Ophelia’s Electric Soapbox

2 Stars

The Draw: Bawdy decor and a lively menu in a supper-club space that just won’t quit

The Drawback: Most dishes don’t know when to stop; good ideas are buried under an avalanche of ingredients

Don’t Miss: Duck wings, Belgian mussels, mushroom flatbread, smashed baked potatoes, cocktails

Details: Starters, salads, flatbreads, and small plates $6 to $16; entrées $19 to $29. Dinner nightly from 5 p.m.; brunch Saturday and Sunday, 10 a.m. to 2:30 p.m. Street parking and valet available.

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After three head-spinning evenings at Ophelia’s Electric Soapbox, I drew up one of those fantasy dinner-party guest lists. Picture a table for four overlooking the restaurant’s stage and gigantic movie screen. At the table sits Sigmund Freud, the original id man. To his right, sexploitation director Russ Meyer (Faster, Pussycat! Kill! Kill!). Opposite Freud is Shinichiro Ohta, the excitable Japanese narrator of the original, bonkers Iron Chef television series. For a dose of sanity, Pee-wee Herman anchors the fourth chair. Russ takes Sigmund downstairs to show the good doctor the movie poster for Smoke and Flesh, a laughable weed-and-orgy flick from 1968, located near the men’s room. (As Sigmund goes inside, he discovers the urinals are separated by partitions made of vintage yardsticks, but we can’t tell if he’s amused.) Upstairs, Pee-wee orders cocktails for the table: a Sex Machine, a Hard Eight, a Morning Tryst, and, for Russ, a Moral Turpitude. Shinichiro, trying to decode Ophelia’s dinner menu, decides he hasn’t seen an odder combination of ingredients since the Iron Chef battle on November 4, 1994, when challenger Yasuo Kawada served anglerfish pie with foie gras and ketchup sauce.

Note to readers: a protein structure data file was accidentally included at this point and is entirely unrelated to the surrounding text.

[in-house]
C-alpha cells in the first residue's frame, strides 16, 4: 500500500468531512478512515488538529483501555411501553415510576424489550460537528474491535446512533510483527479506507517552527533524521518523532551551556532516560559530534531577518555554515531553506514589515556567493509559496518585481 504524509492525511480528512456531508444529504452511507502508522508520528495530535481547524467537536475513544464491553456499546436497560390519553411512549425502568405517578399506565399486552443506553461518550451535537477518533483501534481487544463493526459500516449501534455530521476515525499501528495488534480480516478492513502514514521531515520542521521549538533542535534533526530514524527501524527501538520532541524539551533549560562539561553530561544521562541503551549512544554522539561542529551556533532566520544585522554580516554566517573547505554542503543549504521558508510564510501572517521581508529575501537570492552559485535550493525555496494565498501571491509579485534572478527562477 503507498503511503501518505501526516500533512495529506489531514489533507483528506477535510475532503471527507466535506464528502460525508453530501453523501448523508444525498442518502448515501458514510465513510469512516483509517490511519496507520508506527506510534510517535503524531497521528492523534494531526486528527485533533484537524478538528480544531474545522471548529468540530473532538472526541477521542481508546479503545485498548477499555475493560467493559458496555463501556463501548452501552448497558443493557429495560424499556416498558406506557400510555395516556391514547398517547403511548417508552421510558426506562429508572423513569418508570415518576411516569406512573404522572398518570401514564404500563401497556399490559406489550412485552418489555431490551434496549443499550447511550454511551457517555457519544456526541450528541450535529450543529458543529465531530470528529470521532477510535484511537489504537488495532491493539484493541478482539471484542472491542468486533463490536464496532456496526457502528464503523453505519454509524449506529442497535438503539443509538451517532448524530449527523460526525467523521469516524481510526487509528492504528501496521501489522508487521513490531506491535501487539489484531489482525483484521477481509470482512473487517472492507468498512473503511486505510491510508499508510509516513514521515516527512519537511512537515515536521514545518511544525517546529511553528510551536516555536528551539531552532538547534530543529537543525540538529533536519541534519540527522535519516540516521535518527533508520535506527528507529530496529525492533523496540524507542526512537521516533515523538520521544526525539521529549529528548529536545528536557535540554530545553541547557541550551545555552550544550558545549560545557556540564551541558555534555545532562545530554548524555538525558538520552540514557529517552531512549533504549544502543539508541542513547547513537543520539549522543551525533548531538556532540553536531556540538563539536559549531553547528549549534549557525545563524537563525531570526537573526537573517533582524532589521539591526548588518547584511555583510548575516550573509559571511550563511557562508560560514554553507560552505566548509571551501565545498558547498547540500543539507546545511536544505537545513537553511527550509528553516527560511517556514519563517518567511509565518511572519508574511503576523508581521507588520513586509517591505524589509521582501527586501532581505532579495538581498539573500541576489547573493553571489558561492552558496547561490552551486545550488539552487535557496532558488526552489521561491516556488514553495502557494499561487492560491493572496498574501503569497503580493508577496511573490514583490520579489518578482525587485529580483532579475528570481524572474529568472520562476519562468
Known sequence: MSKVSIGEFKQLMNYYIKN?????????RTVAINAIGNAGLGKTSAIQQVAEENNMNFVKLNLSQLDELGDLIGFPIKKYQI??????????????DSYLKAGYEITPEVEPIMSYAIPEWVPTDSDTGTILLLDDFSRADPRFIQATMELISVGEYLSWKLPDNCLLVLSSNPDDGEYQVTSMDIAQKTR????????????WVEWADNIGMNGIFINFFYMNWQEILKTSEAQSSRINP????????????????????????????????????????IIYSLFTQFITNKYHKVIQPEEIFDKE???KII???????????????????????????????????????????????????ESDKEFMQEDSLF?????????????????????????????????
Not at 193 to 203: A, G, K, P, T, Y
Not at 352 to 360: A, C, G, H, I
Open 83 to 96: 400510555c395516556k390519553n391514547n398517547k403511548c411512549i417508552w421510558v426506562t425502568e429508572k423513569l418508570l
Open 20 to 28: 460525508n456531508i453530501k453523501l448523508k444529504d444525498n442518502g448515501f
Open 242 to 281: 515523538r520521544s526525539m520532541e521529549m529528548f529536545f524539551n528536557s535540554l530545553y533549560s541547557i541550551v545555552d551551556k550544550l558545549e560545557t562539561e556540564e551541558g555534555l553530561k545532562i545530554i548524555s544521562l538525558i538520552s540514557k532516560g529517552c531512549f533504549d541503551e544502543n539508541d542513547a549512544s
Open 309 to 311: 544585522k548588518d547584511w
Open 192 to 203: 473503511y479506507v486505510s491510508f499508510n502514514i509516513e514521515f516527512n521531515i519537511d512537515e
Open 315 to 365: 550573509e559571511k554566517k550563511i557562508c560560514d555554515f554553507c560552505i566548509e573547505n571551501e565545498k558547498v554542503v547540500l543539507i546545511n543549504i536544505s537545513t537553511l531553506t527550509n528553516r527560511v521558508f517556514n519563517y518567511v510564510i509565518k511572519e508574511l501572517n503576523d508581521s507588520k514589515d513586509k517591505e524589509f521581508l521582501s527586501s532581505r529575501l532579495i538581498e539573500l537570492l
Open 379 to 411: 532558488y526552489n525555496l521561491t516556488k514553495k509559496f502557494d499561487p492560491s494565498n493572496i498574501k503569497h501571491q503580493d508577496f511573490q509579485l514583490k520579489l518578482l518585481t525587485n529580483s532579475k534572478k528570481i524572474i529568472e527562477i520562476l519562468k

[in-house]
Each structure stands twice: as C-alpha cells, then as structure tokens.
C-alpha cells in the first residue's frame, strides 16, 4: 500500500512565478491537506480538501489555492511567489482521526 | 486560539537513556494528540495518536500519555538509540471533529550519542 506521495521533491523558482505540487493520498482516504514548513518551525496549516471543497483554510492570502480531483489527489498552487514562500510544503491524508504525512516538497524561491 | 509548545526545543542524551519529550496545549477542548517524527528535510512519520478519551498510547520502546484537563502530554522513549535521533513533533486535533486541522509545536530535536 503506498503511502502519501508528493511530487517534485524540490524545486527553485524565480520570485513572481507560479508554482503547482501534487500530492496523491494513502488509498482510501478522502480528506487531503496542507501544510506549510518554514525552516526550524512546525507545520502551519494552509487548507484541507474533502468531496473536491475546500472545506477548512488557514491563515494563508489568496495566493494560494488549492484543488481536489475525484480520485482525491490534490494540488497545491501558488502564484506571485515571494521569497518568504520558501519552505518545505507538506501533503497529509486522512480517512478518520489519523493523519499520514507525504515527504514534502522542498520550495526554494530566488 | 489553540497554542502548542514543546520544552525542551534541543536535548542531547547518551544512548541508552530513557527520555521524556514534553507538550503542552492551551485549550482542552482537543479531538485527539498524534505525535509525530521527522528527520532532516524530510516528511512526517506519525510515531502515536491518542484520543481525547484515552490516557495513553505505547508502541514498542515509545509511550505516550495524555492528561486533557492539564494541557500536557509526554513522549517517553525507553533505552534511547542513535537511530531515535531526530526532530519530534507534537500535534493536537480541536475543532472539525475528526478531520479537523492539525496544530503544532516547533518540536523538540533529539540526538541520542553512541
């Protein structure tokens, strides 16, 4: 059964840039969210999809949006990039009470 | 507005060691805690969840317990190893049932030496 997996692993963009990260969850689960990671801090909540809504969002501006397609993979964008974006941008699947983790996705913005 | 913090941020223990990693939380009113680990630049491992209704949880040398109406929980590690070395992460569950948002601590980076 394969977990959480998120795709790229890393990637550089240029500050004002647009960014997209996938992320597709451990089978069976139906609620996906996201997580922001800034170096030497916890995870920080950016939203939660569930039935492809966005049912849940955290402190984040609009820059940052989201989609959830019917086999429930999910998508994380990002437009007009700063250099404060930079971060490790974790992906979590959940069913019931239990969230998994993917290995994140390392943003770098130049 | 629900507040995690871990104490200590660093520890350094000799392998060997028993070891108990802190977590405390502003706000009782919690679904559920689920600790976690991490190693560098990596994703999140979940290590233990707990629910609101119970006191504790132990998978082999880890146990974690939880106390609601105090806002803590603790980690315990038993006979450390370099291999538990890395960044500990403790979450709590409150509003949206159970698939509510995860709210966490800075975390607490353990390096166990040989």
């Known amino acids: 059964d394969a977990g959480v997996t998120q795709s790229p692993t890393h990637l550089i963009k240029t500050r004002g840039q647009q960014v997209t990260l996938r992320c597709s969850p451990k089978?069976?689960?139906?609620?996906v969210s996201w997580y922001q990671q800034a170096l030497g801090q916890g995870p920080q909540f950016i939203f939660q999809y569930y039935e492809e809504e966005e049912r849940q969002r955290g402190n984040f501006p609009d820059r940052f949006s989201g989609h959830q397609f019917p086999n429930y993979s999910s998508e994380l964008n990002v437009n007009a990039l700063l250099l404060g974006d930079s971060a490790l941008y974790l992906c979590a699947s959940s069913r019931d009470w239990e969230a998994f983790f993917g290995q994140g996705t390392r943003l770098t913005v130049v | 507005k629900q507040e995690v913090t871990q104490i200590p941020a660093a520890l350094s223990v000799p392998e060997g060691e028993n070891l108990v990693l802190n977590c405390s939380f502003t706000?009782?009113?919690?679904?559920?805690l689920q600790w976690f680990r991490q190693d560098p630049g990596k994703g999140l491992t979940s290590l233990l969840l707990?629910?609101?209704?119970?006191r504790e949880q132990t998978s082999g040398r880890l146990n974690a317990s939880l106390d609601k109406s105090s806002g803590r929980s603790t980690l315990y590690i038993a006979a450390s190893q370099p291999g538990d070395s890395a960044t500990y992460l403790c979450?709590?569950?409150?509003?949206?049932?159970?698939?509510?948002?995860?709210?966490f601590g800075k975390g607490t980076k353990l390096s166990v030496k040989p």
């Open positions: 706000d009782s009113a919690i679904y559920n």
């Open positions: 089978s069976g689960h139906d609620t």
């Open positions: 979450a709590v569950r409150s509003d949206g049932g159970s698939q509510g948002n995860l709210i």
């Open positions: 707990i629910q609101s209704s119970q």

The id-plosion that is Ophelia’s Electric Soapbox was conceived by chef-owner Justin Cucci, of Root Down and Linger fame, and his restaurant makes about as much sense as the first paragraph of this review. But I have to concede that in some weird way it succeeds. Like a furious baby, Cucci has thrown everything at the wall, decorwise and foodwise. The restaurant’s aesthetic polestar is the historic building’s smutty peep-show/brothel past, hence the soft-core film posters, the naked-lady wall art, the burlesque stage, and the bordello lighting. But that’s just the beginning. An avid collector of diverse stuff, Cucci threw in pinball machine art, vintage radios, and a basement bar constructed of Jägermeister minis, and then he kept piling on more.

With a bar that dominates the main room and balcony tables that overlook a downstairs stage and dance floor, Ophelia’s is really a dinner club, with live acts on the weekends—including burlesque on some Sundays—and sports on the big screen when a game is happening. (If you can snag one of those balcony tables, it’s a fine place to cheer on the home team while puzzling over the menu.)

Cucci calls Ophelia’s a “gastro brothel,” and thereby morphs “gastropub” into an even less appealing phrase. With vaudeville energy, the dinner menu ranges across eight categories, from “brothel boards” and “noshes” to “stone fire skillets,” managing along the way to feature items such as duck meatballs, wild boar sausages, ostrich burgers, and octopus à la plancha. What the kitchen is pimping can be tasty and even inspired. The stout-teriyaki duck wings, for example, one of several small plates, are brilliant finger food: crunchy, chewy, sweet, salty duck meat on long bones. Order a beer from the list of 12 Colorado brews and ask for the dry-rub ribs too; their Carolina mustard sauce has a nice, tart twang.